Last week, as the 2012 election season heated up, three researchers reported on American attitudes toward federal funding of embryonic stem cell research.
Their conclusion: If American politicians listen to majority opinion, federal funding for stem cell funding is more secure than if they heed the party lines, in which case the field may be in for more turmoil.
Robert J. Blendon, Minah Kang Kim and John M. Benson, all affiliated with the Harvard School of Public Health, wrote the perspective article, which was published in Thursday's New England Journal of Medicine. The piece described a polling review project sponsored by the Robert Wood Johnson Foundation.
Funding for embryonic stem cell research -- which scientists hope one day will contribute to cures for ailments including spinal cord injuries, Parkinson's disease and diabetes -- has been a political flashpoint for more than a decade. In 2001, former President George W. Bush froze federal funding on research that would require destroying embryos to create new stem cell lines. In 2009, President Barack Obama lifted the restrictions, and federal courts upheld his action. But the new campaign "has once again raised uncertainty about such funding," the coauthors wrote.
Examining data from eight opinion polls from the last two years, the team looked at overall public opinion on federal funding for stem cell research, breaking out Americans' views by political party.
In one poll of Americans, 62% said they believed that medical research involving stem cells obtained from human embryos was morally acceptable; 30% said it was not. In another poll, 55% said the government should fund research that would use newly created embryonic stem cells.
But, the researchers added, when party affiliation was included in the analysis, Republicans were always less supportive of the research than Democrats. People who are religious were also much more likely to oppose embryonic stem cell studies. Republicans were more likely to attend religious services at least weekly than Democrats. Similarly, Americans who attend religous services at least weekly were more likely to vote for Republicans.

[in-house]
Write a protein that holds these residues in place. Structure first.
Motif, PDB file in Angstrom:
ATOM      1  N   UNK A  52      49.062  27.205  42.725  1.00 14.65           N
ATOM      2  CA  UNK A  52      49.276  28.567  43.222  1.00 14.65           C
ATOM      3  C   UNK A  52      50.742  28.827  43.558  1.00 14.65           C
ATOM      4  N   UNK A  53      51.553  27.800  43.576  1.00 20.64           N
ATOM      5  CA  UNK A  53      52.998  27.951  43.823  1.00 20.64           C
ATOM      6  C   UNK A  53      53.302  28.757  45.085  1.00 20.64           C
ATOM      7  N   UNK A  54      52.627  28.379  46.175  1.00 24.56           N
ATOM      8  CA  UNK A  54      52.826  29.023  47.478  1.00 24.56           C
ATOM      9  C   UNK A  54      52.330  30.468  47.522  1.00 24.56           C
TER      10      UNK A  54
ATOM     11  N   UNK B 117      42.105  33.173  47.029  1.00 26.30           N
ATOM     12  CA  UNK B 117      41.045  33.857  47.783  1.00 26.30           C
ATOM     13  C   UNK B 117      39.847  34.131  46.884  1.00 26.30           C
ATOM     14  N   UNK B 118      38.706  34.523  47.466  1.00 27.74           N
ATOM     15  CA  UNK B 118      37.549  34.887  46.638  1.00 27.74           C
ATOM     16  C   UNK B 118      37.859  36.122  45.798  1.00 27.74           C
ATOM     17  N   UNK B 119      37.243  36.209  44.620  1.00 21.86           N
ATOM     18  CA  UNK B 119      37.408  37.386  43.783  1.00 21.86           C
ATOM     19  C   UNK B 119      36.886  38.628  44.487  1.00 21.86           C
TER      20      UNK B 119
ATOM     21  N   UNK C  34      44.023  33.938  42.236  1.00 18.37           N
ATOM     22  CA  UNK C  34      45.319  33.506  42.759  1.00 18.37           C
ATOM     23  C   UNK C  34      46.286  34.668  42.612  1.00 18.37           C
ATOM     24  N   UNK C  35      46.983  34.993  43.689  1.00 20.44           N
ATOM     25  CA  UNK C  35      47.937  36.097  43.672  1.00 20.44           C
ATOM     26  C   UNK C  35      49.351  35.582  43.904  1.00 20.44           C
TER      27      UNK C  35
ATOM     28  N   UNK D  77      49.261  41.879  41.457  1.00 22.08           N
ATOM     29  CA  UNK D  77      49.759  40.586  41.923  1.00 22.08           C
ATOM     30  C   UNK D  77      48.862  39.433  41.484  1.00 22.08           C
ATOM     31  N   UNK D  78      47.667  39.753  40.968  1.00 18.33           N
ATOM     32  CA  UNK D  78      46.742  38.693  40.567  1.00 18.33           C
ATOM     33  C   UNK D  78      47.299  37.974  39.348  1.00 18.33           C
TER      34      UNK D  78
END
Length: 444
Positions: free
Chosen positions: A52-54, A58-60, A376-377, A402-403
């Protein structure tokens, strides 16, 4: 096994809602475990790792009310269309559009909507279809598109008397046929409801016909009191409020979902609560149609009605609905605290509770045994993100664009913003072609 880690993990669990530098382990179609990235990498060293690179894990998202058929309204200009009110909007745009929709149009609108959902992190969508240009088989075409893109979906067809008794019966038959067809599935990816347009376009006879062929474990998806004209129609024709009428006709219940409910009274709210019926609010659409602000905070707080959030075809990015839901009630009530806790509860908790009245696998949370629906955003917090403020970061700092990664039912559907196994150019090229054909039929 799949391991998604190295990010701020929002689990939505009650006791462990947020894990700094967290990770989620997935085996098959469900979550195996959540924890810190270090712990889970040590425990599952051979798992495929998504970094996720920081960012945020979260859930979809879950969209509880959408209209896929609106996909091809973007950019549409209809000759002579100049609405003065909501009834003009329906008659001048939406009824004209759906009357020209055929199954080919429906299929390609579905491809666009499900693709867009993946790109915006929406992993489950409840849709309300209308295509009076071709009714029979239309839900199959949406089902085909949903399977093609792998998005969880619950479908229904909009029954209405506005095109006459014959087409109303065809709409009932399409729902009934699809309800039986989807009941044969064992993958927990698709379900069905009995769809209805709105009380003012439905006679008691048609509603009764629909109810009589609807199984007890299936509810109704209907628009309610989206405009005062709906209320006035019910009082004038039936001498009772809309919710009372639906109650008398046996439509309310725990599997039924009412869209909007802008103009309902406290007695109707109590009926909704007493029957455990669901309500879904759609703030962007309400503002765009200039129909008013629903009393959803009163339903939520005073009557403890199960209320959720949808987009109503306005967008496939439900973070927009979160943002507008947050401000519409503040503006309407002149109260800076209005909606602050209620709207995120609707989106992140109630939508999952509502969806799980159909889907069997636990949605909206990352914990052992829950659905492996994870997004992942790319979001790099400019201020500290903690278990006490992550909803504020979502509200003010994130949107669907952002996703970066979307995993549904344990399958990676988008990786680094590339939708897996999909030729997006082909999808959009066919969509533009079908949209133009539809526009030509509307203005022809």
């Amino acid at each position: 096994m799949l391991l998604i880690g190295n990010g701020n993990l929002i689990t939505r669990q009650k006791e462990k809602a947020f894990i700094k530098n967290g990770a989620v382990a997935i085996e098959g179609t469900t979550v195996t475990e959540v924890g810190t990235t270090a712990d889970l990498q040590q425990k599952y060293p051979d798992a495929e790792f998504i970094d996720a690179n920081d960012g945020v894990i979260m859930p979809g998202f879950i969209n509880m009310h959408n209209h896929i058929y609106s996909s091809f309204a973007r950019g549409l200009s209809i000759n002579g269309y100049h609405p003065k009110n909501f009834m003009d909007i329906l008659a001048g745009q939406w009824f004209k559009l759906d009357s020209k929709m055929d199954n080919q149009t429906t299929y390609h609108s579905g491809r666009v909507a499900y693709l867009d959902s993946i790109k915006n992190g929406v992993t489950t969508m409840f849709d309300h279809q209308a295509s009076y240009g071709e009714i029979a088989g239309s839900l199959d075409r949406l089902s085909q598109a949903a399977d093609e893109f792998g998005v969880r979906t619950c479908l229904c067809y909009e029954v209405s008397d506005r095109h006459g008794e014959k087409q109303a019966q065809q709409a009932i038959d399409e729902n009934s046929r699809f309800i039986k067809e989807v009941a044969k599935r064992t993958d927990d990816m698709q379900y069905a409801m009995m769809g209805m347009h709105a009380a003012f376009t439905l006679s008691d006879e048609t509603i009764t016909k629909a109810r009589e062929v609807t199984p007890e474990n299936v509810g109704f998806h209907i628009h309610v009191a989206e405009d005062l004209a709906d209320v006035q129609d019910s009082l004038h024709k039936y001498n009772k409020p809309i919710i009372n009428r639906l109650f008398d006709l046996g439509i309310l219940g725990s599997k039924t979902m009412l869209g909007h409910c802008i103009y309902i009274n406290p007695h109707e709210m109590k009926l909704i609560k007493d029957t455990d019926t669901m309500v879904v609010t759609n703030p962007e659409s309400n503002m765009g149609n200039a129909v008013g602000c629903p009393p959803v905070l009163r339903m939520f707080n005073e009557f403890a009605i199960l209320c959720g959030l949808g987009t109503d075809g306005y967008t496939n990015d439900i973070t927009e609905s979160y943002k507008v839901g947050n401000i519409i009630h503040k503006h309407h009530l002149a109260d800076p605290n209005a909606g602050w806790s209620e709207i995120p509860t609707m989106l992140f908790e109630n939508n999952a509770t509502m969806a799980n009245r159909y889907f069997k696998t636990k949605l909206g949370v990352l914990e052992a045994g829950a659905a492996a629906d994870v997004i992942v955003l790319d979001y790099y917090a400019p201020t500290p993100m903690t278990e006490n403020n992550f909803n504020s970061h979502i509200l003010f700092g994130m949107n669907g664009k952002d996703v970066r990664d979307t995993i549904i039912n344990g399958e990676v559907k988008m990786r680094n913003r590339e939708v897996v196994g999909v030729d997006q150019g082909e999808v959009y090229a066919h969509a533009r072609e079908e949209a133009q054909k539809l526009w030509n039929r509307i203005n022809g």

"The analysis suggests that if the leaders of the two political parties focus mostly on responding to their own adherents' views, their differences could affect future federal funding for embryonic stem-cell research, depending on the outcome of the 2012 election. Alternatively, if they focus their policy positions more on the views of the broader U.S. public, future federal research funding is likely to be secure regardless of which party wins the election," the authors wrote.
That could have ramifications for medicine. Just this week, the first FDA-approved clinical trial of a therapy derived from embryonic stem cells (Geron Corp.'s GRNOPC1, a treatment for spinal cord injuries), was called off because private sector funding for research is tight these days. If federal funding for embryonic stem cell research is again removed, it could further delay the search for cures along this avenue.
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